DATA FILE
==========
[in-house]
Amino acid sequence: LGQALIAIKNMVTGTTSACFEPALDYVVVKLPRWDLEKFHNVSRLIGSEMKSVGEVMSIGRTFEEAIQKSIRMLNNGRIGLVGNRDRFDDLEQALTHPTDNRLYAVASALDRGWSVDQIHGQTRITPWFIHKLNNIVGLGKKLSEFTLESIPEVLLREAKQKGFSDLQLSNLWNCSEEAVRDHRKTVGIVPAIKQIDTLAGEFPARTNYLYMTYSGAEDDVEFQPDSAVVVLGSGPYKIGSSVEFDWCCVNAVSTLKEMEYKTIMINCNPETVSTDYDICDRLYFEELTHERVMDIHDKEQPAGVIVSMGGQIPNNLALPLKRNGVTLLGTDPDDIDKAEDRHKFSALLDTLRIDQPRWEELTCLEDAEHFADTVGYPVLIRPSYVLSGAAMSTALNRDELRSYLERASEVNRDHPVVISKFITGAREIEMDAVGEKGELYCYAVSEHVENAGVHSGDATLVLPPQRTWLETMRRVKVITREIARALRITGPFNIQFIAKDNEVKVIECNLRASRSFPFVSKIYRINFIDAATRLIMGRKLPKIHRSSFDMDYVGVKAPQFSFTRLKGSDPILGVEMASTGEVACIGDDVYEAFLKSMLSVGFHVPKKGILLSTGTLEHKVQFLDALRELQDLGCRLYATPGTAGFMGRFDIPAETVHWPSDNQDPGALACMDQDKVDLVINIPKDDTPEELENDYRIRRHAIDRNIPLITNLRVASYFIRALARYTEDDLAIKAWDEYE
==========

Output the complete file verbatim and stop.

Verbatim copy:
[in-house]
Amino acid sequence: LGQALIAIKNMVTGTTSACFEPALDYVVVKLPRWDLEKFHNVSRLIGSEMKSVGEVMSIGRTFEEAIQKSIRMLNNGRIGLVGNRDRFDDLEQALTHPTDNRLYAVASALDRGWSVDQIHGQTRITPWFIHKLNNIVGLGKKLSEFTLESIPEVLLREAKQKGFSDLQLSNLWNCSEEAVRDHRKTVGIVPAIKQIDTLAGEFPARTNYLYMTYSGAEDDVEFQPDSAVVVLGSGPYKIGSSVEFDWCCVNAVSTLKEMEYKTIMINCNPETVSTDYDICDRLYFEELTHERVMDIHDKEQPAGVIVSMGGQIPNNLALPLKRNGVTLLGTDPDDIDKAEDRHKFSALLDTLRIDQPRWEELTCLEDAEHFADTVGYPVLIRPSYVLSGAAMSTALNRDELRSYLERASEVNRDHPVVISKFITGAREIEMDAVGEKGELYCYAVSEHVENAGVHSGDATLVLPPQRTWLETMRRVKVITREIARALRITGPFNIQFIAKDNEVKVIECNLRASRSFPFVSKIYRINFIDAATRLIMGRKLPKIHRSSFDMDYVGVKAPQFSFTRLKGSDPILGVEMASTGEVACIGDDVYEAFLKSMLSVGFHVPKKGILLSTGTLEHKVQFLDALRELQDLGCRLYATPGTAGFMGRFDIPAETVHWPSDNQDPGALACMDQDKVDLVINIPKDDTPEELENDYRIRRHAIDRNIPLITNLRVASYFIRALARYTEDDLAIKAWDEYE